Pearl Harbor survivors honored at Whidbey Island Naval Air Station
By DENNIS CONNOLLY
Whidbey News Times Staff reporter
December 9, 2010 · Updated 10:35 AM
On Dec. 7, 1941 Japanese torpedo bombers conducted a surprise attack on the Navy base at Pearl Harbor, Hawaii. When they left, 2,403 military and civilians were dead and 12 ship were either sunk or beached.
Sixty-nine years later, a group from Pearl Harbor Survivors' Association, North Cascade Chapter 5, gathered at the Crescent Harbor Marina on the Seaplane Base for a ceremony thanking them and the other men who who were there.
Sponsored by Whidbey Island Naval Air Station which provided the setting and the hospitality, the event was attended by family, friends of Chapter 5, as well as the group's sponsor, Electronic Attack Squadron 129 (VAQ-129). Speakers included Capt. Thomas A Slais, Jr., Commander Electronic Attack Wing, U.S. Pacific Fleet and Jim Stansell of the Pearl Harbor Survivors' Association North Cascade Chapter 5.
The invocation was given by LT. Peter N. Ott, Base Chaplain.
Ott was followed by Commander Timothy Murphy, Commanding Officer, Electronic Attack Squadron 129 and then Capt. Slais, who thanked the men of Pearl Harbor and their commitment to the United States 69 years ago.
"Tom Brokaw called you the 'greatest generation' and I'd like to thank our greatest generation," Slais said. "Thank you for you commitment and resolve ... and those who paid the ultimate sacrifice, we shall never forget."
Glenn Lane was one of those Capt. Slais spoke about.
In fact Lane survived having not one, but two ships he was on sink that day.
The first was the battleship USS Arizona BB-39. Lane was a radioman third-class, had the rear seat on an OS2U Kingfisher where he was a lookout and machine gunner.
"I had just finished breakfast and was going to write Christmas cards. It was about 8 a.m. when we heard explosions over on Ford Island. We thought they were a plane exploding but then we saw the planes and the meatballs. Then we got hit and we went back to the stern to get our (fire) hoses going but it didn't have any pressure then big bomb hit between Number 1 and Number 2 turrets and fire rolled back to me and I thought that was it. The flame was just rolling toward me so I put my arms up over my eyes and the next thing I remember is waking up in the water," Lane said. "The USS Nevada BB-36 was behind us and since my ship was broken in two I swam back to the gang-plank on the Nevada and we got underway by we were hit and sunk in the harbor. I got off that ship and ended up in the hospital ship because I had burns and shrapnel along my side and in my back."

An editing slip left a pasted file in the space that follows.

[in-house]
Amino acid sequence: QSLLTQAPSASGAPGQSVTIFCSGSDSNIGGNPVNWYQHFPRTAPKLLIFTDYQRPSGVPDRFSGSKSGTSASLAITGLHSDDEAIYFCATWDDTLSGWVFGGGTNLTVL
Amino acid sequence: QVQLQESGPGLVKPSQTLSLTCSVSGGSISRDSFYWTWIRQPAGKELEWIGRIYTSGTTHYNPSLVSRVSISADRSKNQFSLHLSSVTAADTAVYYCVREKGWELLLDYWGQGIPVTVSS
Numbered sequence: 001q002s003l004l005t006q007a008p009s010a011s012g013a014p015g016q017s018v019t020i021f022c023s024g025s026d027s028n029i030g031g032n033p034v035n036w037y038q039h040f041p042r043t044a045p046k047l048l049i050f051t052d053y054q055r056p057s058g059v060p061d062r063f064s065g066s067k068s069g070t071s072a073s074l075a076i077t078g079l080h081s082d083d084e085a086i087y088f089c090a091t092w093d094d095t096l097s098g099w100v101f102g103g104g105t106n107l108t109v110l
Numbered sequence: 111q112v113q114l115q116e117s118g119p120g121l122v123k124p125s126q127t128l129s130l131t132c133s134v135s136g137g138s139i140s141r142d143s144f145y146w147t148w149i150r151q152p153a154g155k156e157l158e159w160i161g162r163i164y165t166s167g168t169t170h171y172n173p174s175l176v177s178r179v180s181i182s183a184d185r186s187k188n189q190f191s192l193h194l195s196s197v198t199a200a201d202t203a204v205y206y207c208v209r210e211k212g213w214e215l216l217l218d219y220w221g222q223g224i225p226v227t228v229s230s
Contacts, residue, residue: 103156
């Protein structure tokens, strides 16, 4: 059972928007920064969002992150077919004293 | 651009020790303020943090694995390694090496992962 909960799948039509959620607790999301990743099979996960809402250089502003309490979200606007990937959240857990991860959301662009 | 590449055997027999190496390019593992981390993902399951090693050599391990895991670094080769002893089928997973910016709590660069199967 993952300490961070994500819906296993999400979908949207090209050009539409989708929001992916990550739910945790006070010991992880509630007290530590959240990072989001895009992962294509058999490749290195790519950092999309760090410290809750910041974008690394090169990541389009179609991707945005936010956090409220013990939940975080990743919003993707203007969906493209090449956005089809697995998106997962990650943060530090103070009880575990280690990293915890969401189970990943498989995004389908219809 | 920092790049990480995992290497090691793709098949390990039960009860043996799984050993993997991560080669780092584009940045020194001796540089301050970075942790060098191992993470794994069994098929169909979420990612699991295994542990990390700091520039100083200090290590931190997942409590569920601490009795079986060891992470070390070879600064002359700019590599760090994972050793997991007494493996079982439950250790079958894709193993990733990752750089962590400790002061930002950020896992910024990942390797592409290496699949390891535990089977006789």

Lane retired after 30 years as a Command Master Chief and lives in Sedro- Woolley.
There were seven men in a row with stories like Lane.
The Admiral at the proceeding, Rear Admiral Douglass T. Biesel, Commander Navy Region Northwest stayed talking to the seven men as long as he could, laughing with them right up until the ceremony started.
Mrs. Gayle Vyskocil read a poem dedicated to the men and women of Pearl Harbor as well as to the men and women of Korea and Vietnam and then it was time to lay the wreath which was done by Mrs. Vyskocil and Mrs. Sarah Cummings, both from the Pearl Harbor Survivors Association.
The wreath laid over the rail into the water, followed by carnations. Then Chaplain Ott gave a benediction, a gun salute was fired and a bugler played taps, ending the 69th anniversary of the day our greatest generation was called upon to fight our greatest war.